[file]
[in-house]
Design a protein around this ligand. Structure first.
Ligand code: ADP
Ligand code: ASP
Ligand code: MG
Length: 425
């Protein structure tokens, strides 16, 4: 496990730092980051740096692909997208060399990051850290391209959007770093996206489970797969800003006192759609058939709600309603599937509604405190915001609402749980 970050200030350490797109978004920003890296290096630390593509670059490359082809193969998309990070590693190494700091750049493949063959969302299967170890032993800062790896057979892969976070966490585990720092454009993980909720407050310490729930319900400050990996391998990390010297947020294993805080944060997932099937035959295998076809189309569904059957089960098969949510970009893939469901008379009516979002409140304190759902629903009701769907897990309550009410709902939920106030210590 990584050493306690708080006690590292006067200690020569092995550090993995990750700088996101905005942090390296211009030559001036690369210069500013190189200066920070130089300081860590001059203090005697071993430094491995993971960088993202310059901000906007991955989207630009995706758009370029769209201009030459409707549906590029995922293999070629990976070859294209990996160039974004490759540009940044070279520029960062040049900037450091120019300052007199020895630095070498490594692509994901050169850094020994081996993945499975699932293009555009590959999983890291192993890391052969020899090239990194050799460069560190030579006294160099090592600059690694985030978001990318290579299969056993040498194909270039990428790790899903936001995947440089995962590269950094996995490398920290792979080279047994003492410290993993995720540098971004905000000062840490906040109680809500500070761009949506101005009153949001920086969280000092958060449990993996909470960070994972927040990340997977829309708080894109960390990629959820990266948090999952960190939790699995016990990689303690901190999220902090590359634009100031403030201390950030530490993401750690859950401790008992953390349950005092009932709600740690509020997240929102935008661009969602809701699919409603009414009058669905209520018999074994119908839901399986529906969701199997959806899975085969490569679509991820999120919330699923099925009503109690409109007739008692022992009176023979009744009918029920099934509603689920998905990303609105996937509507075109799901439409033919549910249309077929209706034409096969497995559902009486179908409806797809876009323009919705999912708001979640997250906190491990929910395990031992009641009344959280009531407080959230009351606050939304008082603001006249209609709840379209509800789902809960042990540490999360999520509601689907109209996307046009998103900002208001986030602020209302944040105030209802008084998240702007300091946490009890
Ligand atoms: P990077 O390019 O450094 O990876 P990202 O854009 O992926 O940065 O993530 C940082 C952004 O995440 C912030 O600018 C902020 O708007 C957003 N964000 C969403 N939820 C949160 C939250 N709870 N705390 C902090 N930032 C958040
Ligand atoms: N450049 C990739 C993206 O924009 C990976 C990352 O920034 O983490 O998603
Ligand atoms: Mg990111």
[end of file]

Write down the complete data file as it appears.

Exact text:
[in-house]
Design a protein around this ligand. Structure first.
Ligand code: ADP
Ligand code: ASP
Ligand code: MG
Length: 425
């Protein structure tokens, strides 16, 4: 496990730092980051740096692909997208060399990051850290391209959007770093996206489970797969800003006192759609058939709600309603599937509604405190915001609402749980 970050200030350490797109978004920003890296290096630390593509670059490359082809193969998309990070590693190494700091750049493949063959969302299967170890032993800062790896057979892969976070966490585990720092454009993980909720407050310490729930319900400050990996391998990390010297947020294993805080944060997932099937035959295998076809189309569904059957089960098969949510970009893939469901008379009516979002409140304190759902629903009701769907897990309550009410709902939920106030210590 990584050493306690708080006690590292006067200690020569092995550090993995990750700088996101905005942090390296211009030559001036690369210069500013190189200066920070130089300081860590001059203090005697071993430094491995993971960088993202310059901000906007991955989207630009995706758009370029769209201009030459409707549906590029995922293999070629990976070859294209990996160039974004490759540009940044070279520029960062040049900037450091120019300052007199020895630095070498490594692509994901050169850094020994081996993945499975699932293009555009590959999983890291192993890391052969020899090239990194050799460069560190030579006294160099090592600059690694985030978001990318290579299969056993040498194909270039990428790790899903936001995947440089995962590269950094996995490398920290792979080279047994003492410290993993995720540098971004905000000062840490906040109680809500500070761009949506101005009153949001920086969280000092958060449990993996909470960070994972927040990340997977829309708080894109960390990629959820990266948090999952960190939790699995016990990689303690901190999220902090590359634009100031403030201390950030530490993401750690859950401790008992953390349950005092009932709600740690509020997240929102935008661009969602809701699919409603009414009058669905209520018999074994119908839901399986529906969701199997959806899975085969490569679509991820999120919330699923099925009503109690409109007739008692022992009176023979009744009918029920099934509603689920998905990303609105996937509507075109799901439409033919549910249309077929209706034409096969497995559902009486179908409806797809876009323009919705999912708001979640997250906190491990929910395990031992009641009344959280009531407080959230009351606050939304008082603001006249209609709840379209509800789902809960042990540490999360999520509601689907109209996307046009998103900002208001986030602020209302944040105030209802008084998240702007300091946490009890
Ligand atoms: P990077 O390019 O450094 O990876 P990202 O854009 O992926 O940065 O993530 C940082 C952004 O995440 C912030 O600018 C902020 O708007 C957003 N964000 C969403 N939820 C949160 C939250 N709870 N705390 C902090 N930032 C958040
Ligand atoms: N450049 C990739 C993206 O924009 C990976 C990352 O920034 O983490 O998603
Ligand atoms: Mg990111």